June 03, 2005
Lispworks 4.4.5 Personal Edition
Xanalys announced the release of the personal edition of LispWorks 4.4.5 (the non-pesonal edition was released on April 15).
Version 4.4.5's release notes mention lost of fixes and new features. In particular, OS X got a lot of attention, with a new Objective C interface that lets one implement Obj C classes in Lisp and use NIB files, and support for OS X 10.4 (Tiger).
One of the items listed under Known Problems is indeed troubling (though a workaround is identified):
The license serial number and key have to be entered again on the command
line if the machine's hostname changes. Some Macintosh machines change
hostname when disconnected in the Internet which is the most frequent cause
of this problem.
This just isn't 1990; These days unix machines change hostnames and IP addresses all the time.*
* Though the primary means by which this happens in contemporary times might be by switching between wireless access points, and linux sure doesn't do much to make that easier. Where's the bounty for this most common, mundane and helpful of tasks?
Posted by jjwiseman at June 03, 2005 07:39 AM
I can see that a machine might change its IP address "all the time", as you put it, but why would or should this change its hostname? My machine's hostname is "arthur" and has been ever since I got it, through innumerable IP addresses, kernel versions, and one or two motherboard and hard drive upgrades. I run Debian GNU/Linux -- are Macs that much different? Are their hostnames tied to their IP addresses? Obviously that wouldn't work in the face of multiple network cards -- what am I missing?
In case you don't know: some WLAN networks with DHCP change your hostname.
Well, my Mac picks up its hostname when it gets a new DHCP address (whether it's doing a reverse lookup on the new address or using a hostname the server passed, I do not know). And I see references to this happening in some Linux distributions, too.
Maybe I'm missing something, but what is the value of having an unchanging hostname that either doesn't resolve to anything, resolves to 127.0.0.1, or resolves to the IP some interface happens to have at the moment? And what is the value of that hostname not being "localhost"?
On Linux, you can configure the dhcp client to change your hostname or not (by default it changes your hostname).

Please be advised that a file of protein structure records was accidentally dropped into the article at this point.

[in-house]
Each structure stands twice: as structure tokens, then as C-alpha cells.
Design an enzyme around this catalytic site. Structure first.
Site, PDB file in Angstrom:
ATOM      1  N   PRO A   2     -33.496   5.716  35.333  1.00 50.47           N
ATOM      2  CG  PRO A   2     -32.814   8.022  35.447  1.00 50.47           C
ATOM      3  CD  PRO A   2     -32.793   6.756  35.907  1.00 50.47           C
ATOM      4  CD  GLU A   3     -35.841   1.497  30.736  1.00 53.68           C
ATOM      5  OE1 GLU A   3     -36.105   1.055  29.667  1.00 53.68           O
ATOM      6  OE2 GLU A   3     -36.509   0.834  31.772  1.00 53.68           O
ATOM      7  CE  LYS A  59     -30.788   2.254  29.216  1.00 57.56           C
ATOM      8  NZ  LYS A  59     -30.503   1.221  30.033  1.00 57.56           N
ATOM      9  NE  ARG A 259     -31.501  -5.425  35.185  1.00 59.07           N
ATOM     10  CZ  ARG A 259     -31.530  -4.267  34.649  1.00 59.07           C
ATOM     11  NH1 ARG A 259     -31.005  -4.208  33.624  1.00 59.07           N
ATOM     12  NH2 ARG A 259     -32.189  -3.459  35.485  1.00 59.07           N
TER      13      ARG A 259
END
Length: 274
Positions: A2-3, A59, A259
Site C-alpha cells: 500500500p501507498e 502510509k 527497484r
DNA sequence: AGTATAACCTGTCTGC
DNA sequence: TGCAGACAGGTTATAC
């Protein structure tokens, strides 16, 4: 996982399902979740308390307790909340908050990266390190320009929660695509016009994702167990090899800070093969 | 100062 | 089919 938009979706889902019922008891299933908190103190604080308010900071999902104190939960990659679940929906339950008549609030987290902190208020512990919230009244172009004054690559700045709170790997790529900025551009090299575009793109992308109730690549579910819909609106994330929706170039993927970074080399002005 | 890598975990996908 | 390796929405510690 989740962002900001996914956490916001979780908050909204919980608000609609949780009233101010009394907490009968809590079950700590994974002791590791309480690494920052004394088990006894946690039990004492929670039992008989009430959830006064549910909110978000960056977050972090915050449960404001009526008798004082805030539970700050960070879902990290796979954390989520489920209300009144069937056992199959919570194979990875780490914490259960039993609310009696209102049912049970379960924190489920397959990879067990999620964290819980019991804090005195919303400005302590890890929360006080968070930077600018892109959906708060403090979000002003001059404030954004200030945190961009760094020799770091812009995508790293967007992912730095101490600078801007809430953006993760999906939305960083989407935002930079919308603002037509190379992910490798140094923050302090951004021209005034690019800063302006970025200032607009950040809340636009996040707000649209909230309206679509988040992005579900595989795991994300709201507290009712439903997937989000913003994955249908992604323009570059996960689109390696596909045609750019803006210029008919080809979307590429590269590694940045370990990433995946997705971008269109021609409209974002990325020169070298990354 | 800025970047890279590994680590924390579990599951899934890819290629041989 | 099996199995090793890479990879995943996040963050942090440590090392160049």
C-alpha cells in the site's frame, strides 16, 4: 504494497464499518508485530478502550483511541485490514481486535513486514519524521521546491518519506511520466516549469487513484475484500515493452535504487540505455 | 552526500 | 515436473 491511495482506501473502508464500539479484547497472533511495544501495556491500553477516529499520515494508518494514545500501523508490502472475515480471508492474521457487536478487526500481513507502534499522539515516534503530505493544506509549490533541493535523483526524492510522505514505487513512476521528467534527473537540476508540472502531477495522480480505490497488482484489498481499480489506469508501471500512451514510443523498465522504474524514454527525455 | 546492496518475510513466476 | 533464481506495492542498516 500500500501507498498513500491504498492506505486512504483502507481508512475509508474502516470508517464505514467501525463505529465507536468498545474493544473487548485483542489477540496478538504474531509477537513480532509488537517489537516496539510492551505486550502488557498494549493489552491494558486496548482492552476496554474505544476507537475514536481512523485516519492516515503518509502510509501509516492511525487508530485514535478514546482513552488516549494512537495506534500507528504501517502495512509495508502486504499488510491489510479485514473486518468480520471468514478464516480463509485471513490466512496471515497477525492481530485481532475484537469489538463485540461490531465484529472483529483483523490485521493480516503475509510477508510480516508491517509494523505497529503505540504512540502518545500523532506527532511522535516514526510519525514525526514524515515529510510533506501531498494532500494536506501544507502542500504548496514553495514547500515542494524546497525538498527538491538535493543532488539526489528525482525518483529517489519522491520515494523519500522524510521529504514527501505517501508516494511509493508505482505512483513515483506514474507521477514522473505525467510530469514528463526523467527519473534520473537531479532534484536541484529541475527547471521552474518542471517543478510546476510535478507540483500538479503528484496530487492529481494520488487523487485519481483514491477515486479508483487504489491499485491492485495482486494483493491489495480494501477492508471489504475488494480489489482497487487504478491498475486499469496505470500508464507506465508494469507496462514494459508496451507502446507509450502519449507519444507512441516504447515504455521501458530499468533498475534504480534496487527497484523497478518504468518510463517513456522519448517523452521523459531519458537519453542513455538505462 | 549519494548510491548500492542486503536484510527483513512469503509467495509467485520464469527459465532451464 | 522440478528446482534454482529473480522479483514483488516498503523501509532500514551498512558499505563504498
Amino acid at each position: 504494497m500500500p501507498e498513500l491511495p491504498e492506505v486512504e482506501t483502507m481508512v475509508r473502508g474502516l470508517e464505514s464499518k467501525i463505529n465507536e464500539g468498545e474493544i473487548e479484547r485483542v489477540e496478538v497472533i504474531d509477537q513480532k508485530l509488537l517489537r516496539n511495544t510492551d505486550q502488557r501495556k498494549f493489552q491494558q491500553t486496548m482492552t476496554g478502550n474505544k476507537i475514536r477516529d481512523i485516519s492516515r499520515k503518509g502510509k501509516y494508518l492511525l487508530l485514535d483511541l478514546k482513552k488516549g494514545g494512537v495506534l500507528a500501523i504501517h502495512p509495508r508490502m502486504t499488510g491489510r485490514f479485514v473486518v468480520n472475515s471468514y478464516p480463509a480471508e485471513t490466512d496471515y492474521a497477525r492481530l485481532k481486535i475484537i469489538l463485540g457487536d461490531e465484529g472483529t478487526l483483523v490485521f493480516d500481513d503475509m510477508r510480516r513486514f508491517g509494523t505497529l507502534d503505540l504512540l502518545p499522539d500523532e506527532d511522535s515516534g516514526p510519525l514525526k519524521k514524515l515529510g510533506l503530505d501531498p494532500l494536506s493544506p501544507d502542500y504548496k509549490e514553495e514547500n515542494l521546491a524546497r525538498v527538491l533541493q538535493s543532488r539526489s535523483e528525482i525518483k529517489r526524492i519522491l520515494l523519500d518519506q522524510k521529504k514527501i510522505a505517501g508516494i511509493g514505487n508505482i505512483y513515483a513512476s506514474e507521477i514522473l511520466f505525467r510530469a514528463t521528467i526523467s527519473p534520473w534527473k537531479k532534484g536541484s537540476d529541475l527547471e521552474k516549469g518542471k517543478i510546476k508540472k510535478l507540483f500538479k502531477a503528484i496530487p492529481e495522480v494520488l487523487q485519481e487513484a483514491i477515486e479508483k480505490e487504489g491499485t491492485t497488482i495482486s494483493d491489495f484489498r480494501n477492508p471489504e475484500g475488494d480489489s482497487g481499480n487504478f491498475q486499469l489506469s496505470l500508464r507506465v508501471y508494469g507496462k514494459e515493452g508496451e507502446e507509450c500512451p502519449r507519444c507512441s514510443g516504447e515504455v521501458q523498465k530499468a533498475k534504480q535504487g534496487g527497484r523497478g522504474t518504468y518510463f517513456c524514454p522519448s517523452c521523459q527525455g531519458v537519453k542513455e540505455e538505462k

If you configure it not to change you will just continue with the initial hostname you set up, if you let it change, it will change it to what de dhcp server tells it to (as well as the default gateway and nameservers, all this are assigned thru dhcp but on the Linux client, you can choose what you let the server overwrite and you don't let it overwrite).
I bet there's a similar configuration for the Mac dhcp client, but probably most users didn't care to change it, so even if it's possible, the initial problem remains.
(And maybe then, the initial problem is inserting serials at all, I'm sorry, Long Live Free Software!).
Now there's an image! I'll be pasting that into a few bug reports. thanks.
Heh, I read that stuff growing up... Learnt to read and write Cantonese from it too. Those were the days...
MacOS X: System Prefs / Sharing is where you can set your hostname. Since I set mine, I can't remember how it gets its default, but it wouldn't surprise me to know it came from DHCP at some stage. Somehow Macs seem to like using `.local' as a domain-name too.
DHCP can emit hostnames, indeed, although I guess we can blame it on clueless disinterest in people knowing they can fix the hostname for future reference.
Big hints as to why you wouldn't want hostname set to `localhost' btw: sendmail defaults taking `hostname` output, looking it up in /etc/hosts, finding the *canonical* name, and sending that in outgoing EHLO statements. Used to be a canonical whinge: "RedHat put my hostname on the 127.0.0.1 line in /etc/hosts, now upstream servers are rejecting my mail!". So settle on a hostname, leave it set, and either list it in /etc/hosts separately if it's permanent, or not at all and rely on local DNS, otherwise.
The .local comes from multicast DNS, which is part of ZeroConf. It's handy if you have a local DHCP network and don't feel like setting up hosts tables everywhere.
My name should be linked to a short post on setting up mDNS under Linux, so you can use these .local names for automatic DNS on a local network between OS X and Linux. Under Windows, Apple has their own implementation called Bonjour for Windows which you can find via google.